Treasury yields fell following the latest economic reports. The yield on the 10-year Treasury slipped to 4.10 per cent from about 4.15 per cent just before the latest GDP report. It stood at 4.12 per cent late Tuesday.
The yield on the 2-year Treasury, which tracks expectations for the Fed, fell to 4.87 per cent from a level of 4.90 per cent prior to the latest GDP release. It stood at 4.89 per cent late Tuesday.
“Right now, what’s bad is good,” said Scott Wren, senior global market strategist at Wells Fargo Investment Institute. “It feels like this week, anyway, we’re fully back into bad economic news is good for the market.”
The latest round of economic updates are signalling that the Fed may be able to pause hiking its main interest rate, which it has pushed to its highest level since 2001 in an effort to tame inflation. The central bank held rates steady at its last meeting and investors expect the same at its upcoming meeting in September.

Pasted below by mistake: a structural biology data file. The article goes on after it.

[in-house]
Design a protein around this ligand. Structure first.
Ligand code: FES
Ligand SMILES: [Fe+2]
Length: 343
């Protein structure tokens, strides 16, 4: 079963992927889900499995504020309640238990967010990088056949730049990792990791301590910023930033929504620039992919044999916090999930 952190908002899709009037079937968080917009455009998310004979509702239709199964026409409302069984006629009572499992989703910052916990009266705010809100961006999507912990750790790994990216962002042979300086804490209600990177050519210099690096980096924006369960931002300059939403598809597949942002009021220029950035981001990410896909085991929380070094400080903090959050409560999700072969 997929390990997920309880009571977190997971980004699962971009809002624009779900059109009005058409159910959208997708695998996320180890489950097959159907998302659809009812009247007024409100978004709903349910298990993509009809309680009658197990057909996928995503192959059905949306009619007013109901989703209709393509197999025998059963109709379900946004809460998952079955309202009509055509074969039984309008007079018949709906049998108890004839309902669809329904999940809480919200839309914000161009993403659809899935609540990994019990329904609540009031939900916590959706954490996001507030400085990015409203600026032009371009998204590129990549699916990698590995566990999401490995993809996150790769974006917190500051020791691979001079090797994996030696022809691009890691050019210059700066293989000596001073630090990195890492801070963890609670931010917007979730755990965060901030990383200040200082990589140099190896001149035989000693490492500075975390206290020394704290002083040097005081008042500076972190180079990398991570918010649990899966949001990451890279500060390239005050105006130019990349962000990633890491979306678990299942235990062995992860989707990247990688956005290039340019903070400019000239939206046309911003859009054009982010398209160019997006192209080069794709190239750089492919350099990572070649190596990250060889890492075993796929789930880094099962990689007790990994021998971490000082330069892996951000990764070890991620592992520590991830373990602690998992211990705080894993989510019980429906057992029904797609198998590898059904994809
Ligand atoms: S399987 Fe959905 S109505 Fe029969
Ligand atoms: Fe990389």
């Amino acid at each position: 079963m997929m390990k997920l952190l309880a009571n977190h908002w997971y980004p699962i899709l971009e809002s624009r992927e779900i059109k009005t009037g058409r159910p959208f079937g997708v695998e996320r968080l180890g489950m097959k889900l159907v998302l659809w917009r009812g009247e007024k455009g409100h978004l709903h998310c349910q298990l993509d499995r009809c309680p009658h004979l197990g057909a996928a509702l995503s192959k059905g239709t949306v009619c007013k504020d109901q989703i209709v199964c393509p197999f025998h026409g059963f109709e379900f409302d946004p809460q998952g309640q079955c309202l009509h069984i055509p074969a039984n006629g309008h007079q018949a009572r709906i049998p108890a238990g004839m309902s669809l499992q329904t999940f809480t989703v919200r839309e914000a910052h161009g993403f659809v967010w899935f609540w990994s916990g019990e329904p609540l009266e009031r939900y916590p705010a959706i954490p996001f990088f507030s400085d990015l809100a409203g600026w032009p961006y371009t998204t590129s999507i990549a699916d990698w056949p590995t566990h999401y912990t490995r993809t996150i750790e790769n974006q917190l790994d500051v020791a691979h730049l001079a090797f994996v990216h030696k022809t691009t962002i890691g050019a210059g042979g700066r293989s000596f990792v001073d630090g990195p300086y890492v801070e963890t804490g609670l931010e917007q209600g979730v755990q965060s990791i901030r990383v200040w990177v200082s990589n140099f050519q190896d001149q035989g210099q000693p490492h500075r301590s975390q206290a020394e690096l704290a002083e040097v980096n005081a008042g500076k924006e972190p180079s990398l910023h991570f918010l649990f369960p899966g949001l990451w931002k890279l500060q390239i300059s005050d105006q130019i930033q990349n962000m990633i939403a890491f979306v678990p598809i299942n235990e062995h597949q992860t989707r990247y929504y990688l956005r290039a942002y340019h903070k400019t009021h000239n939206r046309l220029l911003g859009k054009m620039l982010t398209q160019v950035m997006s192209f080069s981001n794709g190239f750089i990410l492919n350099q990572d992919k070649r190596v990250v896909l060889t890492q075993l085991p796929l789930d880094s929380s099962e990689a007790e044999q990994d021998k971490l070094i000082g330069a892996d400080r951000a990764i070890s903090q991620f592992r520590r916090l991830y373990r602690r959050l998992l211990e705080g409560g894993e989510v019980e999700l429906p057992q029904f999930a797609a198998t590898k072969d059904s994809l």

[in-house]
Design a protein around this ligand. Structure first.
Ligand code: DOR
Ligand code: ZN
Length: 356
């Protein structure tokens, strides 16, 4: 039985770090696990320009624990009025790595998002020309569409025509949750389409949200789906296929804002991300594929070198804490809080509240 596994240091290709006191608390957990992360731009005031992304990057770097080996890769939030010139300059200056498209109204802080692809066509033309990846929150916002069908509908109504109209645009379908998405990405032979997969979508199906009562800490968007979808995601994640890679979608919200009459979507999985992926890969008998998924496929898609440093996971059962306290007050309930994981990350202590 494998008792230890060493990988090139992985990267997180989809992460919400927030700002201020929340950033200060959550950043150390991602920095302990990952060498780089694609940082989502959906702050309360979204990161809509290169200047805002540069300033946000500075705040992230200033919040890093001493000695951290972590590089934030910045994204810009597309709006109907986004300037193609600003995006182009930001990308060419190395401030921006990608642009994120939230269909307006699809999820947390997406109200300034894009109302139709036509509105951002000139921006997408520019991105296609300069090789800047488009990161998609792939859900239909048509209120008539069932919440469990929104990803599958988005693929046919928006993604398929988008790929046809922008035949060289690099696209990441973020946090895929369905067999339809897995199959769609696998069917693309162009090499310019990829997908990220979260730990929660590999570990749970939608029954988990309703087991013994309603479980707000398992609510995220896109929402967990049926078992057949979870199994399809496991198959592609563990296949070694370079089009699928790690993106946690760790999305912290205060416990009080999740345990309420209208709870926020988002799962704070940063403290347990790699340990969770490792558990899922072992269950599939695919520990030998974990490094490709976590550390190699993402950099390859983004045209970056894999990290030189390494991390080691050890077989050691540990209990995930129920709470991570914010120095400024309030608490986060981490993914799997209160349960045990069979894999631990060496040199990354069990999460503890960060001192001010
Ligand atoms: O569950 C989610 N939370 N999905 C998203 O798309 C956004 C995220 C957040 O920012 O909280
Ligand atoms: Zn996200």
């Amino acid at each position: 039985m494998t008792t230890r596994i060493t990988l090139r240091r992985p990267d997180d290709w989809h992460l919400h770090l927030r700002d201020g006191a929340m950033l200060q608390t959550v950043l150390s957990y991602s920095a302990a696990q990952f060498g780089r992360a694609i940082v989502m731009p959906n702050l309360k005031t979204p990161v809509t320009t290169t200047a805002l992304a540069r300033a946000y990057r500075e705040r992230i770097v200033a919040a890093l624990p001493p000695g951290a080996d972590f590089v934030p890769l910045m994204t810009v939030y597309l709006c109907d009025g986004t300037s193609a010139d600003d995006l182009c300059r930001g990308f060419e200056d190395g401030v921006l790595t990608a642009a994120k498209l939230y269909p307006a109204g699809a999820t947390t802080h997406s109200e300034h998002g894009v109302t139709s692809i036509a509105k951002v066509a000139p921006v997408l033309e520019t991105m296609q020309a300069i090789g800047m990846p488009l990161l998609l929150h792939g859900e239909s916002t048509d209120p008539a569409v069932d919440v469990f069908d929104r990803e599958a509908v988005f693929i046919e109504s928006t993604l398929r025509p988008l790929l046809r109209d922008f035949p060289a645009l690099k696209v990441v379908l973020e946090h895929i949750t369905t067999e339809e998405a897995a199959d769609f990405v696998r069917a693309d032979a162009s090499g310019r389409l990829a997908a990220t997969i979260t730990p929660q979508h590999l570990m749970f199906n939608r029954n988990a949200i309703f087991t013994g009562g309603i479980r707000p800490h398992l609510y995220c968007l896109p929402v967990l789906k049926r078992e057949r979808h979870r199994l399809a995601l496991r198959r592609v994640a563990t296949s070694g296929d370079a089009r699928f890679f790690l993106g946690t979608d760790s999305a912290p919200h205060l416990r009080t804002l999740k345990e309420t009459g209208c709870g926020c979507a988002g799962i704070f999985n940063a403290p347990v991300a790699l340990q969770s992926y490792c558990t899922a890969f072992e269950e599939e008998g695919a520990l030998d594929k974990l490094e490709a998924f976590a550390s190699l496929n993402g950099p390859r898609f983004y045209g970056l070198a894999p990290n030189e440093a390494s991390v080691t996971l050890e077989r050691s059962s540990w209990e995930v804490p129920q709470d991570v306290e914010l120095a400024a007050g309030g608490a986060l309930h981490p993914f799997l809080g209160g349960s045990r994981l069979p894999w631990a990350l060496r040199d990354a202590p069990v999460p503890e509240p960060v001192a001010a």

Wall Street is also hoping that economic data this week shows that the Fed’s goal of a “soft landing” is possible. The central bank’s goal has been to raise interest rates enough to tame inflation without crashing the economy into a recession. A strong job market and consumer spending has helped thwart a recession and analysts are divided on whether one will occur with any severity.
On Thursday, the government will release its latest update on inflation with the July report on personal consumption and expenditures, or PCE. That’s the Fed’s preferred measure for inflation, and it has been cooling for months. PCE eased to 3 per cent in June and was as a high as 7 per cent a year ago.
On Friday, the government’s monthly employment report for August will cap a heavy week of updates about hiring and jobs.
“If you have modest growth and modest inflation and that’s what we’re moving toward, stocks will have a bumpy road in the interim, but that’s a good environment for stocks,” Wren said
Markets in Asia were mixed and European markets mostly fell.